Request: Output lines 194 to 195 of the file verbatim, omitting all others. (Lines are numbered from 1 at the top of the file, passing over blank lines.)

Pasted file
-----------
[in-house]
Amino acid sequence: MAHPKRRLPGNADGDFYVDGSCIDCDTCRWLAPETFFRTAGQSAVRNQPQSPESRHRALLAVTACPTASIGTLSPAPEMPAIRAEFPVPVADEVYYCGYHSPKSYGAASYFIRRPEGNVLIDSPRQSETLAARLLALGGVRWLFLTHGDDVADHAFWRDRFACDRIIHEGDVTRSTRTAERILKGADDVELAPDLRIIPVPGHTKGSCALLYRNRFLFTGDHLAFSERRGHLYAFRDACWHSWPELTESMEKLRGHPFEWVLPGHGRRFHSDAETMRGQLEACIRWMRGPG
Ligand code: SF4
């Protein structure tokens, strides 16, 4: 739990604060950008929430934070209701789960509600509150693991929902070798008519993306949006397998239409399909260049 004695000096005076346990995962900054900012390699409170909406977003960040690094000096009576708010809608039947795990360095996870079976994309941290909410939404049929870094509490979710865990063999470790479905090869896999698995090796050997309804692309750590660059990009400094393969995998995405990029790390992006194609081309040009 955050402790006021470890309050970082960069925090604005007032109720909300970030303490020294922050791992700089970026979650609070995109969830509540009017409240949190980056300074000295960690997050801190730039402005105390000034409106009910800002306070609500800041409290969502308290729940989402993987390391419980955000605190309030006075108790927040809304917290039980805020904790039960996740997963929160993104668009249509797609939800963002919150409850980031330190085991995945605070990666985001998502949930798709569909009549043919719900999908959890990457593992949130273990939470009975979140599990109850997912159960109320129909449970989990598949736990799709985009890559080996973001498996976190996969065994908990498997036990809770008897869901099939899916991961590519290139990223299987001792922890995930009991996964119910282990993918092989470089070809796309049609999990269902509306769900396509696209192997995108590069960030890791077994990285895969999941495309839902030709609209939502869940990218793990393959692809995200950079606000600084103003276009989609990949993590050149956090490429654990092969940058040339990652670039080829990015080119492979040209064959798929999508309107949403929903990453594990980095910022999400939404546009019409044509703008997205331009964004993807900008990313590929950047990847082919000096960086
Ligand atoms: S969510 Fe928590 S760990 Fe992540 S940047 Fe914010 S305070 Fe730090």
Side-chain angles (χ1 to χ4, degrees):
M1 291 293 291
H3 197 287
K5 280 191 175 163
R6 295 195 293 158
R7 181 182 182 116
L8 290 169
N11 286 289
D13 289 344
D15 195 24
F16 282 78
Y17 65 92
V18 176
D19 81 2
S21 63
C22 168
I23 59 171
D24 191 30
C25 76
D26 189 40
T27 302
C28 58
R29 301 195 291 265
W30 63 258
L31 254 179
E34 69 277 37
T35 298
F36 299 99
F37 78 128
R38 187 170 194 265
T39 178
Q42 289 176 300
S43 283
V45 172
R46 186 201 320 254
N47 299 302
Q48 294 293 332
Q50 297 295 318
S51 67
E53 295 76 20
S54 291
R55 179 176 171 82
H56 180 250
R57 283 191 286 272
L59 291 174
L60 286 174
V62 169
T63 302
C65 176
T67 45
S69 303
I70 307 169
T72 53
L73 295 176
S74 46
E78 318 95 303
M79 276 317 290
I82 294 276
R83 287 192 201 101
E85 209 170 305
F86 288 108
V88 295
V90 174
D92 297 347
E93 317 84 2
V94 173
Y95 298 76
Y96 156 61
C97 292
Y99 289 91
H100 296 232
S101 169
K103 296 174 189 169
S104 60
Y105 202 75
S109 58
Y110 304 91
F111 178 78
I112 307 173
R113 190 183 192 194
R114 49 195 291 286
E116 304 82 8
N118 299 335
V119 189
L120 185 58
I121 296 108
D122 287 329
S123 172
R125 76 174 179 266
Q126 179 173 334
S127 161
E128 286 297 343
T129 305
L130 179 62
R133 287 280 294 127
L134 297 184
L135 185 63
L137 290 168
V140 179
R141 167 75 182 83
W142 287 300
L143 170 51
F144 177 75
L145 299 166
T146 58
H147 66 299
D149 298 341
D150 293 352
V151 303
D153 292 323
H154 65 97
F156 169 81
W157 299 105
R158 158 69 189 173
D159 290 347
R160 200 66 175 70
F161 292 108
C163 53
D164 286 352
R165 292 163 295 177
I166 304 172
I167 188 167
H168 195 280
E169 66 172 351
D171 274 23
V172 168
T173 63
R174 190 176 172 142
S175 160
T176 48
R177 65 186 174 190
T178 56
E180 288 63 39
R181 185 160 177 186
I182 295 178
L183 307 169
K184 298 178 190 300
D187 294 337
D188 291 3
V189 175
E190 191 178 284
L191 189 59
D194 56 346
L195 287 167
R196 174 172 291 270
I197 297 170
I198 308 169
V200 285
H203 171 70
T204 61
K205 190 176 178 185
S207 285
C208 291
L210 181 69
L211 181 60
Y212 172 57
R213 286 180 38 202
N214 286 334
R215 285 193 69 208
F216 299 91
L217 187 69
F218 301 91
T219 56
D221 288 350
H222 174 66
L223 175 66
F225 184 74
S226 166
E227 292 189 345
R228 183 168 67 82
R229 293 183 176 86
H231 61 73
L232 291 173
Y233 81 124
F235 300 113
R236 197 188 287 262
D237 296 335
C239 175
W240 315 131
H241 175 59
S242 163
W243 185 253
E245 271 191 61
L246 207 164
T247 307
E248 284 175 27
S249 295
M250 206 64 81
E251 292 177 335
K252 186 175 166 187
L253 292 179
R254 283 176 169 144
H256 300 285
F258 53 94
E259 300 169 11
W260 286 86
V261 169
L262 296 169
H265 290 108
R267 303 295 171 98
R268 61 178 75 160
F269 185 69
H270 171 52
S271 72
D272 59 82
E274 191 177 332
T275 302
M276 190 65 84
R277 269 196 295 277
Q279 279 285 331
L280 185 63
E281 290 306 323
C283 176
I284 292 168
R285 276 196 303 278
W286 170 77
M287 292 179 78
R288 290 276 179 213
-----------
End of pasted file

E251 292 177 335
K252 186 175 166 187